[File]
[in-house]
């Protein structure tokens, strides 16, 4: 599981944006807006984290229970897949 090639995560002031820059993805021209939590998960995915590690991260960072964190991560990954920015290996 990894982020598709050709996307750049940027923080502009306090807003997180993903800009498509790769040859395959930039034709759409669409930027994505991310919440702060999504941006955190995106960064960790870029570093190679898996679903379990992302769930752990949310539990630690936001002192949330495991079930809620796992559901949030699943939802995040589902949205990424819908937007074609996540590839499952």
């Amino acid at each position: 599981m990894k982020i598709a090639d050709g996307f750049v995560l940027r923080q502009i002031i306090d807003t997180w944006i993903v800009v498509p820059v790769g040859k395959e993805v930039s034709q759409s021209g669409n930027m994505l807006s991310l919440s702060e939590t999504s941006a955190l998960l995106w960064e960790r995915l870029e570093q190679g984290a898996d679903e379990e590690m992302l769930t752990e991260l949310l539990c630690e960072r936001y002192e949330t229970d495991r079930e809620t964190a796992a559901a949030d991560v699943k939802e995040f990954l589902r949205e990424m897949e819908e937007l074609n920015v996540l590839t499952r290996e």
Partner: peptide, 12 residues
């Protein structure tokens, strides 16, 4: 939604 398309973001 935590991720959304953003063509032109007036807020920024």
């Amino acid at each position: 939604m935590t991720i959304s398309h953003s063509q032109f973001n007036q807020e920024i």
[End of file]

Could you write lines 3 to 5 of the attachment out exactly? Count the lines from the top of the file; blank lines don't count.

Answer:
């Amino acid at each position: 599981m990894k982020i598709a090639d050709g996307f750049v995560l940027r923080q502009i002031i306090d807003t997180w944006i993903v800009v498509p820059v790769g040859k395959e993805v930039s034709q759409s021209g669409n930027m994505l807006s991310l919440s702060e939590t999504s941006a955190l998960l995106w960064e960790r995915l870029e570093q190679g984290a898996d679903e379990e590690m992302l769930t752990e991260l949310l539990c630690e960072r936001y002192e949330t229970d495991r079930e809620t964190a796992a559901a949030d991560v699943k939802e995040f990954l589902r949205e990424m897949e819908e937007l074609n920015v996540l590839t499952r290996e």
Partner: peptide, 12 residues
């Protein structure tokens, strides 16, 4: 939604 398309973001 935590991720959304953003063509032109007036807020920024």